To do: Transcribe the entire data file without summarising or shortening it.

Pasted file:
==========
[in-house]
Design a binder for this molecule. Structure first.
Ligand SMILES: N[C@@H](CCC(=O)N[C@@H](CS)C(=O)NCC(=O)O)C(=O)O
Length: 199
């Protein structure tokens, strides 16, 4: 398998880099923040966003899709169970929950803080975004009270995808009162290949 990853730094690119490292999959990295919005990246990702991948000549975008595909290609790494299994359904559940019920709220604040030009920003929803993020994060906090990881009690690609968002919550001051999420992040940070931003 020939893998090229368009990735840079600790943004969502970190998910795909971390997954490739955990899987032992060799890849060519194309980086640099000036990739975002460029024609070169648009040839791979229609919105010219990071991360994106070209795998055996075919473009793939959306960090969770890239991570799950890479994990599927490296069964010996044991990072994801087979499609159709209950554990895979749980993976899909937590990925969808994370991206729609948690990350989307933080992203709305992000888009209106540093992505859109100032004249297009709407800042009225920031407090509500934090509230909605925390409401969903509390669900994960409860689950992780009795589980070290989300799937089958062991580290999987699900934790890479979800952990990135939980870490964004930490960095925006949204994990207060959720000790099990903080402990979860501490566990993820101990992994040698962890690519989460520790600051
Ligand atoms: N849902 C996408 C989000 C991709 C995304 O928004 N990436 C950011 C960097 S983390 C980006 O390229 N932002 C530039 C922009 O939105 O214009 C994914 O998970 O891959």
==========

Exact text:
[in-house]
Design a binder for this molecule. Structure first.
Ligand SMILES: N[C@@H](CCC(=O)N[C@@H](CS)C(=O)NCC(=O)O)C(=O)O
Length: 199
């Protein structure tokens, strides 16, 4: 398998880099923040966003899709169970929950803080975004009270995808009162290949 990853730094690119490292999959990295919005990246990702991948000549975008595909290609790494299994359904559940019920709220604040030009920003929803993020994060906090990881009690690609968002919550001051999420992040940070931003 020939893998090229368009990735840079600790943004969502970190998910795909971390997954490739955990899987032992060799890849060519194309980086640099000036990739975002460029024609070169648009040839791979229609919105010219990071991360994106070209795998055996075919473009793939959306960090969770890239991570799950890479994990599927490296069964010996044991990072994801087979499609159709209950554990895979749980993976899909937590990925969808994370991206729609948690990350989307933080992203709305992000888009209106540093992505859109100032004249297009709407800042009225920031407090509500934090509230909605925390409401969903509390669900994960409860689950992780009795589980070290989300799937089958062991580290999987699900934790890479979800952990990135939980870490964004930490960095925006949204994990207060959720000790099990903080402990979860501490566990993820101990992994040698962890690519989460520790600051
Ligand atoms: N849902 C996408 C989000 C991709 C995304 O928004 N990436 C950011 C960097 S983390 C980006 O390229 N932002 C530039 C922009 O939105 O214009 C994914 O998970 O891959």